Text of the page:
Design Tips For Non-Designers

Given the power of visual content these days, many non-designers have turned to DIY graphic design software.

With traditionally text-focused people taking on more design tasks, it is time for an introduction to foundamental principles of graphic design.

Let's get started, shall we.

White Space Is King

One sign of an amateur designer is a misuse of white space. White space (also called negative space) refers to the unmarked spaces around or between visual elements in a design.

Apple design example using white space

Apple is a prime example of how to properly use white space to confidently and effectively garner attention, sales and impact. It is extreme but amazingly effective. It forces viewers to focus on the product and the product itself is an art. At the end, there is no distraction.

In contrast to that, non-designers often try to fill every inch of space with text, images, or other design elements that have no purpose for being there, leaving no place for the eye to rest or breathe.

Here is one important graphic design tip — Keep it simple. There is nothing worse than an overwhelmingly complicated design that is difficult to understand. The secret is to achieve a balance between aesthetic appeal and getting your message across clearly and effectively.

Ensure paragraph column widths and margins are not too wide. This means including ample amounts of space on both sides of your design. This helps improve the readability of your paragraphs and makes the text easier on the eyes.

White space example using tables

Always make sure that at the end of your design, ask yourself? Is there anything I can remove to improve the design?

White space is your friend.

Typography Is Everywhere

To sum it up, typography refers to the technique of positioning and styling type, but true typography is both a science and an art. There are some basic rules and design terms you need to know before you dive into typography. Here are the most important ones:

Anatomy: cap height, baseline, x-height, and more.

Style: serif, sans-serif, cursive, and more.

Rules: kerning, tracking, leading, and more.

In contrast to that, non-designers cannot expect to learn all the details and hierarchy of typography and often rely on the default one when creating a document.

One of the top graphic design tips is to balance readability with style.

Every font brings something to the table in terms of readability and style. In the design world, the more stylized a font is, the harder it is to read.

The fundamental purpose of type is to effectively and easily communicate information. If using a highly stylized font, use it at your own risk or with caution.

Stylized fonts vs. readable fonts

However, an easy way to balance readability and style is to use stylized font for exceptionally large text like Header and minimal font for body text such as sub-heading or paragraph. Do not go crazy with fonts either, stick with a maximum of 2 or 3 fonts per graphic if you want to have a cohesive design.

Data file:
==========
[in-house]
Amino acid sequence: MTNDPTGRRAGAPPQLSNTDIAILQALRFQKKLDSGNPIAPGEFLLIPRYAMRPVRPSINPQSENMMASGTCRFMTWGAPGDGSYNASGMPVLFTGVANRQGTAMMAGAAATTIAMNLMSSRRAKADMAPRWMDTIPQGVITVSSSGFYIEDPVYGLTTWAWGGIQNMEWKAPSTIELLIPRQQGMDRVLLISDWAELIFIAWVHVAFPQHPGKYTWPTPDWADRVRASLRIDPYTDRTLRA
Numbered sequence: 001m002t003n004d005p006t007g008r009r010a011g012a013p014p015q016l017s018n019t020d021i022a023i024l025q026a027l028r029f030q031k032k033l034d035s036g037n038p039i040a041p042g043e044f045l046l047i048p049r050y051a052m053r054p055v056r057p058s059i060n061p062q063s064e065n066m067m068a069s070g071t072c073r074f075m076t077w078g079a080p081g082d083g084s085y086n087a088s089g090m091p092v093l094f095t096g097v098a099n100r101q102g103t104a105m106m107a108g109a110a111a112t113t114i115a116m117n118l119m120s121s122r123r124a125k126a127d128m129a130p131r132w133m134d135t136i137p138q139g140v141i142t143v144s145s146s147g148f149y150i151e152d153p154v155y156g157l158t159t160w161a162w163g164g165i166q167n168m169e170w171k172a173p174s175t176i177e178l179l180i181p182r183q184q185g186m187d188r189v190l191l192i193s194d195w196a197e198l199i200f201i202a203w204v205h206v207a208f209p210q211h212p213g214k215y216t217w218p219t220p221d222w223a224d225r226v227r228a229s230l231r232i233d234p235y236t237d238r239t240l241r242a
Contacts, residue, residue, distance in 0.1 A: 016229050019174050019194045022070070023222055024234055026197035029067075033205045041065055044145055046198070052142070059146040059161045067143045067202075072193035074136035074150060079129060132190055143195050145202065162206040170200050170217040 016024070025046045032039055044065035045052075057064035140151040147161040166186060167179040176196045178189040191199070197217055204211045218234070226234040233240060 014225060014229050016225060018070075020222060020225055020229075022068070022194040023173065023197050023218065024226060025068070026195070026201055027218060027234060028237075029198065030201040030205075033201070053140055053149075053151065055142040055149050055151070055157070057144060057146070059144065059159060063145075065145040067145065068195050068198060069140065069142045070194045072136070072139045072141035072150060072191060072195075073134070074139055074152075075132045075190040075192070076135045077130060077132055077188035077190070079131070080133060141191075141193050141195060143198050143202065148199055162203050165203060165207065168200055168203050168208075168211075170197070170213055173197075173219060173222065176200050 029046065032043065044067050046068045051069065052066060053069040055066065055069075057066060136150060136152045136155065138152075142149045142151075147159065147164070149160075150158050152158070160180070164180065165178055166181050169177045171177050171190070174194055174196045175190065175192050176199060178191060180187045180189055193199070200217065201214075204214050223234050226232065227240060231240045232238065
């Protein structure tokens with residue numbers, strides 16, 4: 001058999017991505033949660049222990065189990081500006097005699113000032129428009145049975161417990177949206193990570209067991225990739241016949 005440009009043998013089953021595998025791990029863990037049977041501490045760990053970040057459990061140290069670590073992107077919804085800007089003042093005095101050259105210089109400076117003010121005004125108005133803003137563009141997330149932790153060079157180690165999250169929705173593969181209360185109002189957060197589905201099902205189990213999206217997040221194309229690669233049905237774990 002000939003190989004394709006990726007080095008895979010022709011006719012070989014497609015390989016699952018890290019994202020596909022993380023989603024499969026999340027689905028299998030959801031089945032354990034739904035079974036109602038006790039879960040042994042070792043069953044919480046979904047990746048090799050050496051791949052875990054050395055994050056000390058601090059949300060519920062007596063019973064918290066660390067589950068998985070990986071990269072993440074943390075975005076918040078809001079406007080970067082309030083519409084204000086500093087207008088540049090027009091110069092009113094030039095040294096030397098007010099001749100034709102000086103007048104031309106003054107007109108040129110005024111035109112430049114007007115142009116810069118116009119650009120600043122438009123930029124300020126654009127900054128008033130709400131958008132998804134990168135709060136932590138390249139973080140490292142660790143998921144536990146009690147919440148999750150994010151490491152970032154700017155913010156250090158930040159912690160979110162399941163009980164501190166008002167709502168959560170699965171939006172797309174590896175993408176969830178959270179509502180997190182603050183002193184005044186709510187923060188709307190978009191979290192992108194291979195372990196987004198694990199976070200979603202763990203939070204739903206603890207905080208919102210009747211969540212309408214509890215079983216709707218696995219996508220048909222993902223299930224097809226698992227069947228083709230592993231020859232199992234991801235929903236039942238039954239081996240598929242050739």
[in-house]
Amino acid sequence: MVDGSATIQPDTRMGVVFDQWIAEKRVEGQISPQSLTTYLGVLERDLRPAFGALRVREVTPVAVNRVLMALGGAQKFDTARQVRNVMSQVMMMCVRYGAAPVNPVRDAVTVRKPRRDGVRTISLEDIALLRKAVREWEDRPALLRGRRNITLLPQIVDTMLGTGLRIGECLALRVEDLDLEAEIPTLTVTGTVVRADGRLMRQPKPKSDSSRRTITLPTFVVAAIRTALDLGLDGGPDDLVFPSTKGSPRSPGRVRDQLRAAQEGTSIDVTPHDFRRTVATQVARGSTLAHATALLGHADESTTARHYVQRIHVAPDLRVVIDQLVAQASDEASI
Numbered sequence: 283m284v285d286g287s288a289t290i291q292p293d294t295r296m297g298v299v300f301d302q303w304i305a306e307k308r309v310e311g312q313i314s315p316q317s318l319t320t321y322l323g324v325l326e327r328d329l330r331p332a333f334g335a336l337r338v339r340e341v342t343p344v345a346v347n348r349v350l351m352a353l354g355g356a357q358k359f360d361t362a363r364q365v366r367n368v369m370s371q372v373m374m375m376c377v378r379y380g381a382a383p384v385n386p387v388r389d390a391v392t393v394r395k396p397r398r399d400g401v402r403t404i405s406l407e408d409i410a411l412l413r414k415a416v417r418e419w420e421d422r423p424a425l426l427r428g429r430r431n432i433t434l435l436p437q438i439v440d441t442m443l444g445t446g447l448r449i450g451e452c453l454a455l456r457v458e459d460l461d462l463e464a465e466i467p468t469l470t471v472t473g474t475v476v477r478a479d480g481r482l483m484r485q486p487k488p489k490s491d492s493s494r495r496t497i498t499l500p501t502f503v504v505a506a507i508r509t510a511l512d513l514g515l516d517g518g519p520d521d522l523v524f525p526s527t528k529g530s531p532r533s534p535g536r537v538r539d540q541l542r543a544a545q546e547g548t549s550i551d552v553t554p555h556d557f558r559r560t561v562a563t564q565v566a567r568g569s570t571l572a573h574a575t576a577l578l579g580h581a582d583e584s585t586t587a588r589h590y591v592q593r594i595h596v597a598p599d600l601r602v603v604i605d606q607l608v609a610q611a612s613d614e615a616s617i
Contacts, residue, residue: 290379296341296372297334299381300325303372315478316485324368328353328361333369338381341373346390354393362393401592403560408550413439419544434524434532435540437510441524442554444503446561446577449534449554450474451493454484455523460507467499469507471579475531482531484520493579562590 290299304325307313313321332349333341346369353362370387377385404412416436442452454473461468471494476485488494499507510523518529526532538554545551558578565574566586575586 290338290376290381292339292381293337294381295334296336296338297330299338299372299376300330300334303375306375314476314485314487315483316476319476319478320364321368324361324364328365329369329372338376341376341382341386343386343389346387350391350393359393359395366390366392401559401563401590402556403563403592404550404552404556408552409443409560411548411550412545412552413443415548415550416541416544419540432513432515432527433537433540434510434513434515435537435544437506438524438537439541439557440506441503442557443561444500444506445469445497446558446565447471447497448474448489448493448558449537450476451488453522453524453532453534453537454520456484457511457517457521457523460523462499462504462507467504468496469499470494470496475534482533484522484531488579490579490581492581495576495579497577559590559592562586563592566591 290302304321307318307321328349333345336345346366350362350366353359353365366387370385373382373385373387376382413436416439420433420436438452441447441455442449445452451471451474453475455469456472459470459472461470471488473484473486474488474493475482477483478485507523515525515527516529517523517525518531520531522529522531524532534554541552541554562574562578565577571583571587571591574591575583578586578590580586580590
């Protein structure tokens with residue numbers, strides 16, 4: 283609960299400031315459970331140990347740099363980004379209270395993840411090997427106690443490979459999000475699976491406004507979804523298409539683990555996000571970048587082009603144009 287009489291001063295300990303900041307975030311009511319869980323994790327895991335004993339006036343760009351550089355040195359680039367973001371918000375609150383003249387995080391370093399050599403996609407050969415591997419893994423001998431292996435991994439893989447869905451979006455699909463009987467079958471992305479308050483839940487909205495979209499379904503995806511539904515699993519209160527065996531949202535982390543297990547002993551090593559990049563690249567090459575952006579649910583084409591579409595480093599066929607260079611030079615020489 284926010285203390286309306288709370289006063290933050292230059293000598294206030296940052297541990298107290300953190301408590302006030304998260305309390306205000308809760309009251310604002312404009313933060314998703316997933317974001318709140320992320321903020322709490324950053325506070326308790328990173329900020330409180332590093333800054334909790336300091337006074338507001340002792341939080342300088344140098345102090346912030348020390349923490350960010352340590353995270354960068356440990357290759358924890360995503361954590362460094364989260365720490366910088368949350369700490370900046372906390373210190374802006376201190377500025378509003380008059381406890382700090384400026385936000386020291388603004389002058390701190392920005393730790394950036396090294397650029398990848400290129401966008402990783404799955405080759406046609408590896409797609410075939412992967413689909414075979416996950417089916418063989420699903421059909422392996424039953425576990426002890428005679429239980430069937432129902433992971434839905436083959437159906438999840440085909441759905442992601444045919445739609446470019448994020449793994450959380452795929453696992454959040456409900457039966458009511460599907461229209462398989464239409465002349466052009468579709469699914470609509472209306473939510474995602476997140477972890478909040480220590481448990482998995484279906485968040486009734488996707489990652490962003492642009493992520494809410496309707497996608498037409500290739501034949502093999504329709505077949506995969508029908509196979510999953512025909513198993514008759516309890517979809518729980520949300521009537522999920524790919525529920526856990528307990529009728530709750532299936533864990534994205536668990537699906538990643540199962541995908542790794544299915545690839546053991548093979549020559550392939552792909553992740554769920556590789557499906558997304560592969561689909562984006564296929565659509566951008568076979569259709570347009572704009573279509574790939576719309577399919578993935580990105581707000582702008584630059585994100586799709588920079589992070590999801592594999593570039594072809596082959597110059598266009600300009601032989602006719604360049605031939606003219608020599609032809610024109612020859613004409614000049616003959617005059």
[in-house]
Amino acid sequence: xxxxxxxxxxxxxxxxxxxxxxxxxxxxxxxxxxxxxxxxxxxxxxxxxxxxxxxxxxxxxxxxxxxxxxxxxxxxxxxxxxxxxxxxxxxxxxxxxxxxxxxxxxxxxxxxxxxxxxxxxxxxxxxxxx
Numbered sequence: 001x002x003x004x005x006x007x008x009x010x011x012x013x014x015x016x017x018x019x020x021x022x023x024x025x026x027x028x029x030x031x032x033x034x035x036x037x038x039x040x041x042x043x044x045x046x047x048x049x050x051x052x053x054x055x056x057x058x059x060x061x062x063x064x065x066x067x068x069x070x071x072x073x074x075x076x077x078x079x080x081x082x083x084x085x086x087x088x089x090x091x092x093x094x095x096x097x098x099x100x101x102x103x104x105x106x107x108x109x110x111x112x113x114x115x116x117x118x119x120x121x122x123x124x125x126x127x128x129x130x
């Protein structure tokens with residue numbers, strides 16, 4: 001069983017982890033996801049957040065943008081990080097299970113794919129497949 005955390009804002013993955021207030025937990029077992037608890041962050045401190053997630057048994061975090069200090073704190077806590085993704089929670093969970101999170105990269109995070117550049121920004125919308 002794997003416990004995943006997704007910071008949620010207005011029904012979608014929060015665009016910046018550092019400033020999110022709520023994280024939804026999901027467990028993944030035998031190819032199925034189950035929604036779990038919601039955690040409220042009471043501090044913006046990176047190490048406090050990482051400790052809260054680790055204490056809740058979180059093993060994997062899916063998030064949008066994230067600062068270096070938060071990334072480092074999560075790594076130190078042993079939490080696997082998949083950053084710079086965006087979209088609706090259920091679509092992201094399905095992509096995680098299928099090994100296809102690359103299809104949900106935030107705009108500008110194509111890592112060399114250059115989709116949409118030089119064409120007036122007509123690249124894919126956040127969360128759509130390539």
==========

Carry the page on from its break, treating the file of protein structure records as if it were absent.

In the end, there is a lot more involved in the process of choosing a font but remember to balance style with readability and that typography is everywhere.

Color Is The Focus

First impressions are everything and color is hard to get right. There is a science behind which colors work well together. To this day, even great designer struggle to use color effectively in their design.

How you look and how you present yourself can determine how you are perceived. The same goes for color work. Color reflects the mood of a design and can invoke emotions, feelings, and even memories.

In contrast to that, non-designers usually pick a color they like and go with it without any research behind it because in their minds, "It looks cool". Here are a couple of tips to get started.

First, use simple, high contrast color schemes to focus on the elements you want. Make the viewers eye direct toward the important information like icons, keyword, links. So, what is high contrast color schemes?

It uses colors found across from each other on the color wheels. These schemes are referred simply as complementary and split complementary.

Color wheel and color theory relationships

Keep in mind that strategically used high contrast color schemes create visual impact and highlight the most important information in the design.

For inspiration about color palette, use free website tools such as color hunt or Both tools will give you access to many different color schemes from other designers around the world.

Color theory and example palettes

In The End

If you are thinking like a designer, you can produce some beautiful graphics that do the job more effectively and are unique.

Keep these design tips in mind to take your visuals to the next level.

White Space: Use the area of a page to balance your design for a clean, professional and polished look.

Typography: Use header font and readable body font to impact the right balance between unique and clarity.

Color: Use high contrast color scheme to draw attention to your design.

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Meet Karol Buratynski

UX Designer


Karol, aka 'K', is a UX Designer with a wealth of knowledge and experience in everything UX related. His focus and passion are to always understand, communicate, and execute on user behaviour through both quantitative + qualitative research and analysis. K aims to bring the design and minimalism process closely together, focusing on creating experiences for the user while taking business and brand needs into consideration from the start. His goal is to always test, learn, and design quality results efficiently. He likes to travel and discover new places with his family.

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